phenomenon. Ghosha, for example, renders an indispensable, though still only a liturgical, journal of goddess adoration. Dikshitar's work is essentially a literary-historical approach to his subject but suggests no real themic unity. Payne's presentation is conveniently historical, but the author blurs the religious significance of his work by insisting upon the "impermanence" of Saktism; in his treatment, therefore, religious creativity is ultimately subjected to historical eventuality. Agrawala's work, though precious, is primarily a commentative translation of one major textual glorification of the Goddess. Through this and other articles, however, Agrawala's contribution to our understanding of how several of the cultic motifs are related to clas- sical model of Indian thought remains substantial.
What the foregoing scholars have attempted as legitimate aspects of a particular religious phenomenon, we would undertake from a more totalistic perspective. Certainly, this objective does not preclude our awareness, methodologically, that the proposed unified approach, itself, can never encompass the whole of Indian religious experience and expression. At best, our study would turn out to be but an aspect, too, of that country's broader religious panorama. The ongoing significance of this thesis, nonetheless, will reside in the fact that it contributes to a better understanding of that very larger Indian ocean of religious life.
In the pages that follow our "Methodological Concerns", then, we shall be discussing the philosophically abstract and personalistically concrete aspects of the Durga-Kali complex. 'I'his will be accomplished largely within a framework of Tantric and Puranic notions of Cosmic (sacred) Time and Terrestrial (sacred) Space. As the dynamics of Sacred History are juxtaposed with the movements of historical times and events in a specific methodological understanding of reli- gion's inexhaustible potentialities, at least two things should become clearly known. First, that Durga-Kali as a theistic manifestation can indeed be understood, despite bizarreness of form and changes in historical-cultural milieu. Secondly, that Durga-Kali reflects, also, a universal ontological malaise which can be aptly correlated with "experiences that arise from an irresistible human desire to transcend time and history" (Eliade). Thus in a very real rense this study might be said to amount to a theoretical and practical inquiry into the soteriological dynamics of an Indian religion.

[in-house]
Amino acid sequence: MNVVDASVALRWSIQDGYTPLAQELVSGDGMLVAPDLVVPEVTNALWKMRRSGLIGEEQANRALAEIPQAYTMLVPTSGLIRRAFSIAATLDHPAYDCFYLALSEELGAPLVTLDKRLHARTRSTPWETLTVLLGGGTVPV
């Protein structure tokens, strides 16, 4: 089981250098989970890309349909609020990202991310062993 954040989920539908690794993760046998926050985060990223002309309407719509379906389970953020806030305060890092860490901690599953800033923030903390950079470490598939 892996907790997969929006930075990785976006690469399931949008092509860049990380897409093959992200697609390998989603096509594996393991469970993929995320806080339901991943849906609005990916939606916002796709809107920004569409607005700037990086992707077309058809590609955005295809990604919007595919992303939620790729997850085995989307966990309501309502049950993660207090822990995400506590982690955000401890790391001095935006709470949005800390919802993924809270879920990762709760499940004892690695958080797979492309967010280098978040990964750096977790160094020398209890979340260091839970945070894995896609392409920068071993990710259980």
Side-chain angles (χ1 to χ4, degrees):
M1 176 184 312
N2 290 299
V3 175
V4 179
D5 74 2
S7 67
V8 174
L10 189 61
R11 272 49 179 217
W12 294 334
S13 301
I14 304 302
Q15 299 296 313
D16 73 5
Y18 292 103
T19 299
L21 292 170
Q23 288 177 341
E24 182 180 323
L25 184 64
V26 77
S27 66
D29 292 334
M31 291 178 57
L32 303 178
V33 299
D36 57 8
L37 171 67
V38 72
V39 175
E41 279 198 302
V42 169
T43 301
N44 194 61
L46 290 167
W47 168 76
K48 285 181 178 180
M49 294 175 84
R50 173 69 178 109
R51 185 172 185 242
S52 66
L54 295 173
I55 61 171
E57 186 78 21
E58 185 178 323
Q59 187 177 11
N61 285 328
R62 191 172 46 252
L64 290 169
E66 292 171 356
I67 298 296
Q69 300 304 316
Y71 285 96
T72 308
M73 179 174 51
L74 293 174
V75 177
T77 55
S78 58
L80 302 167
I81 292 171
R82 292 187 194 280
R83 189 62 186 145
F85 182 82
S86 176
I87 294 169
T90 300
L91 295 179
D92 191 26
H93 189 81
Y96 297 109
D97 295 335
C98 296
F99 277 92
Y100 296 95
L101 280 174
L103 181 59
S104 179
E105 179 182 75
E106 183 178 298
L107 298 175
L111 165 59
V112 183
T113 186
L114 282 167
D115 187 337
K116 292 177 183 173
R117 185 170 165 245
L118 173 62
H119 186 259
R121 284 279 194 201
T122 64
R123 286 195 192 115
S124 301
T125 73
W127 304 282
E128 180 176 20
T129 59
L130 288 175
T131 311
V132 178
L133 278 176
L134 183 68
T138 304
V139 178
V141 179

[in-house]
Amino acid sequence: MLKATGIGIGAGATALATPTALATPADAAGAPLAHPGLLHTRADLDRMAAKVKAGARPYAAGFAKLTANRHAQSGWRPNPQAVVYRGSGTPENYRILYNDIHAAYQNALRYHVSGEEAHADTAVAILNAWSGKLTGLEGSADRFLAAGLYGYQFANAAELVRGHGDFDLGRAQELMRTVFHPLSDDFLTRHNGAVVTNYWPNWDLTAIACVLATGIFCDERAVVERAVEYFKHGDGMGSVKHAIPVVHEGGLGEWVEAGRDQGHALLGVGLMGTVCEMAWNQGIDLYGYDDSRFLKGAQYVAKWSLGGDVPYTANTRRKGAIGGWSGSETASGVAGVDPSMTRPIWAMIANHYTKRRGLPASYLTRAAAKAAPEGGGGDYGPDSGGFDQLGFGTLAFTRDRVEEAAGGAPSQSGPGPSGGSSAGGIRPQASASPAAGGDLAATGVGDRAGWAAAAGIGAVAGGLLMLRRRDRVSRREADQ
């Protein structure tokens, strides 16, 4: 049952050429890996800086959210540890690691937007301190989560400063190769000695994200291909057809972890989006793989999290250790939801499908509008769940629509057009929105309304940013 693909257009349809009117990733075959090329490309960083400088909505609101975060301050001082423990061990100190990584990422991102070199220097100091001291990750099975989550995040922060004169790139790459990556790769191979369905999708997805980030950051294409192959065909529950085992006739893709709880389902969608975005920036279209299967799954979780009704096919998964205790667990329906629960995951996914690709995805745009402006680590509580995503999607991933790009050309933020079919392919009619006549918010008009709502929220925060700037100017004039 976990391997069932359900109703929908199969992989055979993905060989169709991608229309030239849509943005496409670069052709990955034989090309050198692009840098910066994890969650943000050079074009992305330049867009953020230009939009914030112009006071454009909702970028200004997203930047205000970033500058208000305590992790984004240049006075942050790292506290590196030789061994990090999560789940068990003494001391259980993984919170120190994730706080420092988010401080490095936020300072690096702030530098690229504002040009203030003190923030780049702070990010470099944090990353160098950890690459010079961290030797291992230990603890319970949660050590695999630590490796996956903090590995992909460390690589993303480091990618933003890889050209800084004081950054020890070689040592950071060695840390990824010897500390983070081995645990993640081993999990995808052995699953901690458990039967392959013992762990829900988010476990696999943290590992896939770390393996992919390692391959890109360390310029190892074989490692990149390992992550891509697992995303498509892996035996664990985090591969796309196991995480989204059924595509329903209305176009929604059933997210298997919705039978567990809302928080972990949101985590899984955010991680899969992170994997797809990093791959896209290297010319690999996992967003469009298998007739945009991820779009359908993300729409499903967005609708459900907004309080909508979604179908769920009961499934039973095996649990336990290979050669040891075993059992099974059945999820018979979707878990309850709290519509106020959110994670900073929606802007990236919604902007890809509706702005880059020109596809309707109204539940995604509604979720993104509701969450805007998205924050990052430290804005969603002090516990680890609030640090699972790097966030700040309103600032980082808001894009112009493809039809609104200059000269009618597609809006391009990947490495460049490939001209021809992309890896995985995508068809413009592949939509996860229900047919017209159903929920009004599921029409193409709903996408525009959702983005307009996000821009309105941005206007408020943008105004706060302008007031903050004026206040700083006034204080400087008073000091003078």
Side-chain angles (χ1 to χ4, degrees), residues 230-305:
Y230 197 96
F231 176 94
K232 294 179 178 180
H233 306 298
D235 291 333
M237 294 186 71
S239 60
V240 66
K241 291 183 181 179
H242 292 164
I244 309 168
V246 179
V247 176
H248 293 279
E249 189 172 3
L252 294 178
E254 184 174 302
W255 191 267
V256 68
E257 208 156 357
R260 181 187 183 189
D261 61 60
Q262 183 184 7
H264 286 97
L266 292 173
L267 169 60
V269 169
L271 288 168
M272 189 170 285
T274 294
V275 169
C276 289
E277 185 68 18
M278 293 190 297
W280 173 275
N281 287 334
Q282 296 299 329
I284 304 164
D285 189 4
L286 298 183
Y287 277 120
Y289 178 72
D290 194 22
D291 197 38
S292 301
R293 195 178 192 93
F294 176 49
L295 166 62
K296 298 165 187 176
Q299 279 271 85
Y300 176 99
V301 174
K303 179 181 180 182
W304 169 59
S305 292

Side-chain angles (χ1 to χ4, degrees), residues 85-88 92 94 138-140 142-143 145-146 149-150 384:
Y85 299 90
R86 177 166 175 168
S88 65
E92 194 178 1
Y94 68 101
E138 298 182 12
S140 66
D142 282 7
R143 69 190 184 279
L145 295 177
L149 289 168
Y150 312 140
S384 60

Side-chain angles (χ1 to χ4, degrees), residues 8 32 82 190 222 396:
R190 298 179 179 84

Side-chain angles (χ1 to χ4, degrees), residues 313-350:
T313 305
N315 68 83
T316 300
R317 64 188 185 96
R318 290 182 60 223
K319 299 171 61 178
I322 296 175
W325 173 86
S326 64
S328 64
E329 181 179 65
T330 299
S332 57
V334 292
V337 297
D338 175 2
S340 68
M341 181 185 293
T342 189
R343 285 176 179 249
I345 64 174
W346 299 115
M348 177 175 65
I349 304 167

The author wishes to acknowledge and to thank the following per- sons, especially Professors Mircea Eliade, Joseph M. Kitagawa, Charles H. Long, and Edward C. Dimock, Jr., of the University of Chicago. These scholars are important for the guidance and encoura- gement they gave during my graduate years and in the formation of this study. Further research was made possible by a post-doctoral fellowship granted by the American Institute of Indian Studies in 1974. It is not feasible to mention, yet gratitude is felt for what seems, all those innumerable templeguides, museum curators, university librarians and personal friends who were so gracious to Mrs. Beane and me while in India.
Among Indian scholars particular thanks are due to Professor S. C. Dube of the Indian Institute of Advanced Study for making library facilities available and arranging consulations with several scholars there. Those scholars are Professors L. P. Singh, S. K. Ghosh, S. Miri, and, especially, S. C. Malik, who read the entire manuscript and made helpful critical observations. Additional thanks should go to Professors D. C. Sircar, and V. Raghavan, as well as B. M. Pande, member of the Archaeological Survey of India, in New Delhi. From such wonderful minds East and West, significant understanding and inspiration were gained concerning many of those inimitable "things Indian".